Powys came from a talented family of 11 children. His brothers, John Cowper Powys and Llewelyn Powys, were novelists. One sister, Philippa Powys, was a novelist and poet. His sister Marian Powys wrote an authoritative book on lace and lace-making. His sister Gertrude Powys was a painter. His brother A.R. Powys wrote books on architecture and served as secretary of the Society for the Protection of Ancient Buildings. His father, Charles, was an Anglican priest.
T.F. Powys tried to become a farmer. He apprenticed when he was 15 and eventually ran his own farm but apparently spent more time sitting in the shade reading than he did plowing the fields. In his mid-20s, he gave up farming, moved to Dorset, a county in southwestern England, and pursued a writing career. He married a local girl, had two children and then adopted a daughter.
Critics say Powys seems to be a religious writer, and much of his work is apparently inspired by the Bible, yet there is no discernible orthodoxy in his writing. Indeed, he seems to poke fun at clergy, often the only intellectuals in his stories. Other village characters he depicts as cheeky and mischievous or unsophisticated dolts or useless sentimentalists.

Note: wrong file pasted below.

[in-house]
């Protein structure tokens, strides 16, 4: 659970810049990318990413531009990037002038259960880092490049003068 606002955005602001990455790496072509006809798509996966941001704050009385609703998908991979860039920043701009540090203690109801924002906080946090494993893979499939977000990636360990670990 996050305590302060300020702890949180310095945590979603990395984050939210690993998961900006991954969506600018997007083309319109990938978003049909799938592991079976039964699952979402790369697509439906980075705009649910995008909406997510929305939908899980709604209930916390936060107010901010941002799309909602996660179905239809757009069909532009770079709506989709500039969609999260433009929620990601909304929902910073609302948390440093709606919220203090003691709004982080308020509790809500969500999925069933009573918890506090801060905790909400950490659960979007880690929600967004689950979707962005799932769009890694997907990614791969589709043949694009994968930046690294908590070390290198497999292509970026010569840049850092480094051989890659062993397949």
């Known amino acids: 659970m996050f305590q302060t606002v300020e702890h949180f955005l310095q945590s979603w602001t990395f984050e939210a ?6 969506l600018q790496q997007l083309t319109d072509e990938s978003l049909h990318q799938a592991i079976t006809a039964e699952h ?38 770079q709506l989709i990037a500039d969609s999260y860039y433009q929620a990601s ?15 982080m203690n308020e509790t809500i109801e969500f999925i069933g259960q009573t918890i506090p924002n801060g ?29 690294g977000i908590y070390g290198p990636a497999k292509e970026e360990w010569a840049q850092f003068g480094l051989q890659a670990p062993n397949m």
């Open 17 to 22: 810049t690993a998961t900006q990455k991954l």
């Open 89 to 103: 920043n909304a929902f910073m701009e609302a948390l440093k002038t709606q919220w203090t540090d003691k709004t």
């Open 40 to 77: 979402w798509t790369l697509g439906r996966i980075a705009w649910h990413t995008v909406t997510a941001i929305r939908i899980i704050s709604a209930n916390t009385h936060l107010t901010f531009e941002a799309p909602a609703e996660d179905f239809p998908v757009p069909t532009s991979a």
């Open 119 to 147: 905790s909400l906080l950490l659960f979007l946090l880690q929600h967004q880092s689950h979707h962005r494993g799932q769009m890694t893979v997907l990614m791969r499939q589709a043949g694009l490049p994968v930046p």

Powys was enamored with the work of such diverse writers as Thomas Hardy and Friedrich Nietzsche. Perhaps the influence is seen in works in which he populates a seemingly idyllic English countryside with decidedly odd characters. In Unclay (1931), one John Death arrives in a village in search of two inhabitants he is charged with removing from human life. Trouble is, Mr. Death has misplaced the parchment upon which was written the names of his targets. Instead Mr. Death, who is depicted as sexually attractive, sleeps with many of the residents, including those he is there to "unclay."
Powys other books include Black Bryony (1923), Mark Only (1924), Mr Tasker's Gods (1925), and Mockery Gap (1925) and numerous short story collections. His previously unpublished book, The Market Bell, was published in 1991.